by Mark Keller, CFA, Bill O’Grady, and Patrick Fearon-Hernandez, CFA | PDF
Summary of Expectations:
- A recession is highly probable in 2023. Our base case is a garden-variety recession.
- Three factors could trigger a deep recession: a. Falling nominal home prices; b. A financial crisis; c. A geopolitical event
- One factor that could mitigate the downturn is investment spending, especially on manufacturing plants and equipment. Manufacturing has been depressed for over three decades and the prospect for reshoring and building redundancies could support the economy. We suspect this factor will tend to be longer term in nature, but it could begin next year.
- We expect inflation to ease in 2023, but the Federal Reserve’s preferred narrative on inflation control and how inflation was quelled in the 1970s could increase the odds of a policy mistake.
- Long-duration Treasuries are signaling faith that the FOMC will curtail inflation even at the cost of a deep recession. This faith has led to a deep inversion of the yield curve. Credit spreads are expected to remain well behaved. This good behavior is mostly a function of the short business cycle, which has not been long enough to support the usual deterioration of credit standards.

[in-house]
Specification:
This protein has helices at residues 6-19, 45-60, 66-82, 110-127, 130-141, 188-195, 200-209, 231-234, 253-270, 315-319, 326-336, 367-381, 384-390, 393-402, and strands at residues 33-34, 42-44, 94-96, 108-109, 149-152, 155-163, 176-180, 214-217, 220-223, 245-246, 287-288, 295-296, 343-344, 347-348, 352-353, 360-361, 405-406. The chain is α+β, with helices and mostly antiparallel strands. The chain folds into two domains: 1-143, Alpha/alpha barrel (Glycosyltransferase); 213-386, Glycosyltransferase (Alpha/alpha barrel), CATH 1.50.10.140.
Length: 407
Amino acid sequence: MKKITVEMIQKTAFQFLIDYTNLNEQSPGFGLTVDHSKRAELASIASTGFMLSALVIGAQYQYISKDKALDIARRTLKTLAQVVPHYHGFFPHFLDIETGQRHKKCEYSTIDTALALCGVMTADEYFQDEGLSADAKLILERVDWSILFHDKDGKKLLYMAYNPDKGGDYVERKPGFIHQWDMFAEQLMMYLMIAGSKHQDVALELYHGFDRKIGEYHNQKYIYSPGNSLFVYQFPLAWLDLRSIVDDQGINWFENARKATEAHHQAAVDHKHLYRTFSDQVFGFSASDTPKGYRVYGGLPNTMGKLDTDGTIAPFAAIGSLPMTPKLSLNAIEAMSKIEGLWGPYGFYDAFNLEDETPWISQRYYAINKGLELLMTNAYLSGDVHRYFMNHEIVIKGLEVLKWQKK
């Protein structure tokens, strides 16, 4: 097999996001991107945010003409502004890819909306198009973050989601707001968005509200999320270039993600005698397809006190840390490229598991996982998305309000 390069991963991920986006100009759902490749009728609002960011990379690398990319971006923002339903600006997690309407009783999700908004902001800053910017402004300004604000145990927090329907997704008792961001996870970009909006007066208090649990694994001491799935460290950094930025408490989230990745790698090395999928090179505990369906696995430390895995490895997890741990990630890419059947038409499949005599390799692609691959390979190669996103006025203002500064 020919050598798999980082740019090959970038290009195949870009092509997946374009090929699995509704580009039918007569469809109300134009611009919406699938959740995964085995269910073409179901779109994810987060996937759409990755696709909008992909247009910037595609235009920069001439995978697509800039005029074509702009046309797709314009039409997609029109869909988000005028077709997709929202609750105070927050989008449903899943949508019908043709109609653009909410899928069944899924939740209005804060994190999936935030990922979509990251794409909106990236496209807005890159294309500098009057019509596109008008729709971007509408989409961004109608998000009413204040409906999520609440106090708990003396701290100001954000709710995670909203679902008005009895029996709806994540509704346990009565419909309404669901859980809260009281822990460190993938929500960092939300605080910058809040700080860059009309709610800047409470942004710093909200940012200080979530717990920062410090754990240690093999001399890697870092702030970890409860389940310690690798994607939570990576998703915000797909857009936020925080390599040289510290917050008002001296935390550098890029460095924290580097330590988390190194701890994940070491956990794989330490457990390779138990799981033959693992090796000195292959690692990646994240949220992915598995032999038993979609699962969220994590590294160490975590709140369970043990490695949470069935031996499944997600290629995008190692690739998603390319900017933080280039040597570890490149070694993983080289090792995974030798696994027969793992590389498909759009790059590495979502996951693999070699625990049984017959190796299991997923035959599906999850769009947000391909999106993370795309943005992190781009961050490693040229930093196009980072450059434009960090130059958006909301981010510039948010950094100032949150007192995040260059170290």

- Increasing concerns about market liquidity are a risk to the Treasury market. The liquidity issues may signal that the size of the deficit is too large for the current auction distribution system. Either the system needs to be reformed or the deficit reduced.
- Strictly based on our modeling, our S&P 500 operating earnings forecast for 2023 is $179.61 with a year-end multiple of 17.1x. However, remaining excessive liquidity and the usual rise in the multiple during recessions increase the odds that the multiple will offset the expected decline in earnings. Depending on the depth of the recession, a decline in the market to 3520-3071 is possible, and as we note below, from there, a recovery to the 4100-4300 range is likely. Obviously, the key to equity market behavior is the timing of the recession and Fed behavior. We expect small caps to outperform, although this outperformance will likely be tempered by the recession. Value is expected to outperform Growth. Although U.S. markets may outperform in the first half of 2023, the relative outperformance of U.S. stocks will occur in the very late innings. We look for dollar weakness to develop over 2023, which will tend to be supportive for foreign stocks.
- Although we are bullish long-term on commodities, it is common, even in secular bull markets, for prices to decline during recessions. We expect to maintain modest positions in commodities, but as the dollar weakens next year, commodities should benefit. An economic recovery will support commodities as well. Again, the timing of the downturn is important.